What proportion of the adolescent population went to school? Of girls apparently only the well-to-do. Most convents maintained schools for girls, like that which at Argenteuil gave such excellent classical training to Héloïse (c. 1110); but these schools probably reached only a modest percentage of girls. Some cathedral schools admitted girls; Abélard speaks of the “women of noble birth” who attended his school at Notre Dame in Paris in 1114.32 Boys had a better chance, but it was presumably difficult for the son of a serf to get an education;33 however, we hear of serfs who managed to get sons into Oxford.34 Much that is now taught in schools was then learned at home or through apprenticeship in shops; certainly the spread and excellence of medieval art suggest wide opportunities for training in arts and crafts. One calculation reckons the number of boys in elementary schools in England in 1530 at 26,000 in an estimated population of 5,000,000—about one thirtieth of the proportion in 1931;35 but a recent study concludes that “the thirteenth century made a closer approach to popular and social education than the sixteenth.”36

Normally the cathedral school was directed by a canon of the cathedral chapter, variously called archiscola, scolarius, or scholasticus. The teachers were clerks in minor orders. All instruction was in Latin. Discipline was severe; flogging was considered as necessary in education as hell in religion; Winchester School greeted its students with a frank hexameter: Aut disce aut discede; manet sors tertia caedi—“Learn or depart; a third alternative is to be flogged.”37 The curriculum began with the “trivium”—grammar, rhetoric, logic—and passed on to the “quadrivium”—arithmetic, geometry, music, astronomy; these were the “seven liberal arts.” These terms did not then bear quite their modern meaning. Trivium, of course, meant three ways. Liberal arts were those that Aristotle had defined as the proper subjects for freemen who sought not practical skills (which were left to apprentices) but intellectual and moral excellence.38 Varro (116–27 B.C.) had written Nine Books of Disciplines, listing nine studies as constituting the Greco-Roman curriculum; Martianus Capella, a North African scholar of the fifth century A.D., in a widely used pedagogical allegory On the Marriage of Philology and Mercury, had barred medicine and architecture as too practical; and the famous seven remained. “Grammar” was not the dull study that loses the soul of a language in studying its bones; it was the art of writing (grapho, gramma); Cassiodorus defined it as such study of great poetry and oratory as would enable one to write with correctness and elegance. In medieval schools it began with the Psalms, passed to other books of the Bible, then to the Latin Fathers, then to the Latin classics—Cicero, Virgil, Horace, Statius, Ovid. Rhetoric continued to mean the art of speaking, but again included considerable study of literature. Logic seems a rather advanced subject for the trivium, but perhaps it was good that students should learn to reason as early as they loved to argue.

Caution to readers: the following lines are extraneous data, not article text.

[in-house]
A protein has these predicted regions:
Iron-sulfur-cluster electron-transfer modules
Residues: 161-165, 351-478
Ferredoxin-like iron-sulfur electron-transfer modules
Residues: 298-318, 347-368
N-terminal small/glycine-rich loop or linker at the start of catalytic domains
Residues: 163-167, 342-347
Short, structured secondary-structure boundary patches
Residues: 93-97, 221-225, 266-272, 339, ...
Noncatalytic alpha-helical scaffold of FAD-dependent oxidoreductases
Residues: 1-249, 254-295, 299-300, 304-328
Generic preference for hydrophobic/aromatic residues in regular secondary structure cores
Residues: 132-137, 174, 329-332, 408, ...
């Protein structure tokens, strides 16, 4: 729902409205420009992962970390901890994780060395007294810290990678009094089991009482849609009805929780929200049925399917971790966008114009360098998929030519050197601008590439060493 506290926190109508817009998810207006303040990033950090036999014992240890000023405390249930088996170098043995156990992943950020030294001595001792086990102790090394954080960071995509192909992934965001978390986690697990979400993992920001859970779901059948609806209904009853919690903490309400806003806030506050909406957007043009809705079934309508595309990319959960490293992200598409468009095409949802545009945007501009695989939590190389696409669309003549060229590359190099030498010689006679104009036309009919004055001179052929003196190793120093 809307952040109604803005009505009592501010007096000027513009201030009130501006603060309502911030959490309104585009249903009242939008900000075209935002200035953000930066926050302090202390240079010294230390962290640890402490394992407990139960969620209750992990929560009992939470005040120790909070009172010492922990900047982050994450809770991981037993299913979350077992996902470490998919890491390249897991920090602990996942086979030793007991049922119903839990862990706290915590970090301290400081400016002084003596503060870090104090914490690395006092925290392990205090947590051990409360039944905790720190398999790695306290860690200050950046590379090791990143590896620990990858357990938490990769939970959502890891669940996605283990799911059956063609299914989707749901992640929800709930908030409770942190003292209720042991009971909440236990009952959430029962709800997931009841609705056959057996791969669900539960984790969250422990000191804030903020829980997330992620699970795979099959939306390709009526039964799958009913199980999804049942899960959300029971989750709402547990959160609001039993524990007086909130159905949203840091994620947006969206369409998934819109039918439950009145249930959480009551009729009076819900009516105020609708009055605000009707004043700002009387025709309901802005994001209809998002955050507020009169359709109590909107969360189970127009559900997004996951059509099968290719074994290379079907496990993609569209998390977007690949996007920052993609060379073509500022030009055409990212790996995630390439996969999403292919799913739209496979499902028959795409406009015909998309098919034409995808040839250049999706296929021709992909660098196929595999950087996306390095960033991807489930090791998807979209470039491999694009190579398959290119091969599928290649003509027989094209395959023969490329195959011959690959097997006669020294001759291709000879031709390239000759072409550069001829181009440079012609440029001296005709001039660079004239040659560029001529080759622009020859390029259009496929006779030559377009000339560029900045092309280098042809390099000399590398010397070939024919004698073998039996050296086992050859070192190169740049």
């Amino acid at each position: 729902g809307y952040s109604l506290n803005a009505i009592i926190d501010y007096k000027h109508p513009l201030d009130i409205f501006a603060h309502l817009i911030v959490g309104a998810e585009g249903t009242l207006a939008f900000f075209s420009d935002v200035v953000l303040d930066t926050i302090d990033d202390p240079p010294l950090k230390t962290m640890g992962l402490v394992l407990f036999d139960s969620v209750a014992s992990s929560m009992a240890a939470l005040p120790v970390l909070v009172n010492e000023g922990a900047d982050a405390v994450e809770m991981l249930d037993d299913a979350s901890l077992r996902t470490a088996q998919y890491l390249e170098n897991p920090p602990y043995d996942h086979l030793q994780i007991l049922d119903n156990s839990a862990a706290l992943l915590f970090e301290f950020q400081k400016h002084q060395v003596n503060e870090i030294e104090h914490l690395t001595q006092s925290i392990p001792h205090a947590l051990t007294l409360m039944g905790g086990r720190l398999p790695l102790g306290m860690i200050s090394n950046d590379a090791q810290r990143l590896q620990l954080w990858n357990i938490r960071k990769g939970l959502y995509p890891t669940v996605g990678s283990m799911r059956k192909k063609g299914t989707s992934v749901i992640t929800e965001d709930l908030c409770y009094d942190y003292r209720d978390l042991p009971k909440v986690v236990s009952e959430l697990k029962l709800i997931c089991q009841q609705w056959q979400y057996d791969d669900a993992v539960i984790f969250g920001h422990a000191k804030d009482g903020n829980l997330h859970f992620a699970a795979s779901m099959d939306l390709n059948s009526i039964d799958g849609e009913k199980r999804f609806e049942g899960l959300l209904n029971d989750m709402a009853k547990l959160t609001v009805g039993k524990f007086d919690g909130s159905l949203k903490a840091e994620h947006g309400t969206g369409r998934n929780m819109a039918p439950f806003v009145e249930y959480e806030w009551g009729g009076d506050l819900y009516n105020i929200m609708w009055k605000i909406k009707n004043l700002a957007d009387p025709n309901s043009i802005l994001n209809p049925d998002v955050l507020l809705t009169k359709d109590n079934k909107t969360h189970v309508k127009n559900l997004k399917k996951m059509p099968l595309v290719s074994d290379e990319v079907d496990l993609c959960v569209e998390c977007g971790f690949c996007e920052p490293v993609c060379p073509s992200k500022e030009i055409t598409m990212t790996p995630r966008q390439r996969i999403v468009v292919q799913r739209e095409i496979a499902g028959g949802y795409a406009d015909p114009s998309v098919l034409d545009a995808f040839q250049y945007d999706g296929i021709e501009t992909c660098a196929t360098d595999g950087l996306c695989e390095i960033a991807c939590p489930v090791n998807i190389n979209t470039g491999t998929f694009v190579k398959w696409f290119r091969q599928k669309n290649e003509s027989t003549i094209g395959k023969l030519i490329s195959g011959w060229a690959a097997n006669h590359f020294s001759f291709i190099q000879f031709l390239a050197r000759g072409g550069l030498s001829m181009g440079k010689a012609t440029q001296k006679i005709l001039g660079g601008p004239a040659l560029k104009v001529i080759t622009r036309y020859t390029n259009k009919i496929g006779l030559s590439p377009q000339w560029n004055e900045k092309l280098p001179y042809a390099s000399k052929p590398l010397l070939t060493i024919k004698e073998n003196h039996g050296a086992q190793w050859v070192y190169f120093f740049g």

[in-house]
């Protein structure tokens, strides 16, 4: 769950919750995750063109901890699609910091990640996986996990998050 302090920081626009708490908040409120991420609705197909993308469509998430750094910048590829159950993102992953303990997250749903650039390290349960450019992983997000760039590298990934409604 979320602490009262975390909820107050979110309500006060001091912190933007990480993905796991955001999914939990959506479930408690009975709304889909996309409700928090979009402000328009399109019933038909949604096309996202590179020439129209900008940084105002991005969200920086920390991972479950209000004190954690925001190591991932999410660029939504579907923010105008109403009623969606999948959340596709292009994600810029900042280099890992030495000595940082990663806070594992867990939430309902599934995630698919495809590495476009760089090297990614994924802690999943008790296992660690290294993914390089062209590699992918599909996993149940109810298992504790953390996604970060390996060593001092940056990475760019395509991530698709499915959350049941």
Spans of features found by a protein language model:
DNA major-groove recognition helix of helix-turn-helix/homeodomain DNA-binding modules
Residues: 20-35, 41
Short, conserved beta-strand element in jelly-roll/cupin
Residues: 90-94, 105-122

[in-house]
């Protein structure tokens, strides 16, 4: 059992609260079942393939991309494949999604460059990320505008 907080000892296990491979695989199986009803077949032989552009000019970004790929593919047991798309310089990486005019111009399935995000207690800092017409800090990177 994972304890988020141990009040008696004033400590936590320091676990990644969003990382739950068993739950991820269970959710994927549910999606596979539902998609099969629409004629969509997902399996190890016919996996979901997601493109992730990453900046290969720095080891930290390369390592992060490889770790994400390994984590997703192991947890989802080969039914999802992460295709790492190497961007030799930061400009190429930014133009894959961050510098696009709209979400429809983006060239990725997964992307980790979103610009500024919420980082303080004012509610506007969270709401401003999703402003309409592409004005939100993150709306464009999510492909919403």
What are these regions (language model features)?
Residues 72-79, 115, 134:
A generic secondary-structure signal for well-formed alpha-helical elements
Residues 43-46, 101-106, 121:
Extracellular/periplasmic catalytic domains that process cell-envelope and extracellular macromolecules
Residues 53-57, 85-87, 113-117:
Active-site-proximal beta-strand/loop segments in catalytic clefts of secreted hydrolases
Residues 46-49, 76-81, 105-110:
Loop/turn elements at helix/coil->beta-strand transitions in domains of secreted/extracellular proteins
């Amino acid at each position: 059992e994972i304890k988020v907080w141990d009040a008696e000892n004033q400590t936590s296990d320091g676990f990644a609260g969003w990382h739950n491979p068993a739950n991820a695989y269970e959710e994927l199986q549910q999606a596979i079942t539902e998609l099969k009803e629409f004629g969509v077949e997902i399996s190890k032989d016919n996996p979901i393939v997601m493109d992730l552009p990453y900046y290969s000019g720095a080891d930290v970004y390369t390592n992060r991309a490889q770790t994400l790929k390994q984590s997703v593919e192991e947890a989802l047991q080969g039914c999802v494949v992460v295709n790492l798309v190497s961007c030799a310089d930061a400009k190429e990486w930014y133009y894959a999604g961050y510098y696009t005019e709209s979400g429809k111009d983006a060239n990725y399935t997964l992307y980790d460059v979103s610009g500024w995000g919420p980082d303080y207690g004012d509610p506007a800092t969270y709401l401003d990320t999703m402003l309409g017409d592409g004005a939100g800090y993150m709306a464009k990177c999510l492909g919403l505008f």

The economic revolution brought some changes in the educational scene. Cities that lived by commerce and industry felt a need for employees with practical training; and against much ecclesiastical opposition they established secular schools in which lay teachers gave instruction in return for fees paid by the parents of the pupils. In 1300 the fee for a year in a private grammar school in Oxford was four or five pence ($4.50). Villani in 1283 reckoned 9000 boys and girls in the church schools of Florence, 1100 in six “abacus” schools that prepared them for a business career, and 575 pupils in secondary schools. Secular schools appeared in Flanders in the twelfth century; by the second half of the thirteenth the movement had spread to Lübeck and the Baltic cities. In 1292 we hear of a schoolmistress keeping a private school in Paris; soon she was one of many.39 The secularization of education was on its way.